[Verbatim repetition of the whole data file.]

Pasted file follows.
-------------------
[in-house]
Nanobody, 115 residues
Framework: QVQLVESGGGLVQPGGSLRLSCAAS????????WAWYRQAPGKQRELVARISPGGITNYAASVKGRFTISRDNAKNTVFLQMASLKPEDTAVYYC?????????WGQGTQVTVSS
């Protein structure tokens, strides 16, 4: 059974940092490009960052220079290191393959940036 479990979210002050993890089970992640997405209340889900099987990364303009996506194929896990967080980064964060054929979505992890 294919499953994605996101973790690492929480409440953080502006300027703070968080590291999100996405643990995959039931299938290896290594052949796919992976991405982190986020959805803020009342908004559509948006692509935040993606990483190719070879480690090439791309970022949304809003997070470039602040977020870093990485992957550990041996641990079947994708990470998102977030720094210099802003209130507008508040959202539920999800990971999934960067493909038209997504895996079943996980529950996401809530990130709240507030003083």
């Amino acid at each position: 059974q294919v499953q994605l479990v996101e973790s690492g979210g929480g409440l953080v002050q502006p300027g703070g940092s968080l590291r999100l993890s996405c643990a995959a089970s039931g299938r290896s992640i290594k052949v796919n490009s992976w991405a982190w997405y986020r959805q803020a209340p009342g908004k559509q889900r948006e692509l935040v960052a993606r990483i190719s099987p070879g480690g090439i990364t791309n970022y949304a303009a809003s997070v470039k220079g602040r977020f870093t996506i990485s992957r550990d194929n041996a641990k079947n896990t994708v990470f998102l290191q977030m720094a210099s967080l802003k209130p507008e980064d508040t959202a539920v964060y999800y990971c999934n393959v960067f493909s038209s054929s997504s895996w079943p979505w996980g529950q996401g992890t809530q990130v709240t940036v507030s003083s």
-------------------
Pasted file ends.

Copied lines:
[in-house]
Nanobody, 115 residues
Framework: QVQLVESGGGLVQPGGSLRLSCAAS????????WAWYRQAPGKQRELVARISPGGITNYAASVKGRFTISRDNAKNTVFLQMASLKPEDTAVYYC?????????WGQGTQVTVSS
């Protein structure tokens, strides 16, 4: 059974940092490009960052220079290191393959940036 479990979210002050993890089970992640997405209340889900099987990364303009996506194929896990967080980064964060054929979505992890 294919499953994605996101973790690492929480409440953080502006300027703070968080590291999100996405643990995959039931299938290896290594052949796919992976991405982190986020959805803020009342908004559509948006692509935040993606990483190719070879480690090439791309970022949304809003997070470039602040977020870093990485992957550990041996641990079947994708990470998102977030720094210099802003209130507008508040959202539920999800990971999934960067493909038209997504895996079943996980529950996401809530990130709240507030003083």
């Amino acid at each position: 059974q294919v499953q994605l479990v996101e973790s690492g979210g929480g409440l953080v002050q502006p300027g703070g940092s968080l590291r999100l993890s996405c643990a995959a089970s039931g299938r290896s992640i290594k052949v796919n490009s992976w991405a982190w997405y986020r959805q803020a209340p009342g908004k559509q889900r948006e692509l935040v960052a993606r990483i190719s099987p070879g480690g090439i990364t791309n970022y949304a303009a809003s997070v470039k220079g602040r977020f870093t996506i990485s992957r550990d194929n041996a641990k079947n896990t994708v990470f998102l290191q977030m720094a210099s967080l802003k209130p507008e980064d508040t959202a539920v964060y999800y990971c999934n393959v960067f493909s038209s054929s997504s895996w079943p979505w996980g529950q996401g992890t809530q990130v709240t940036v507030s003083s």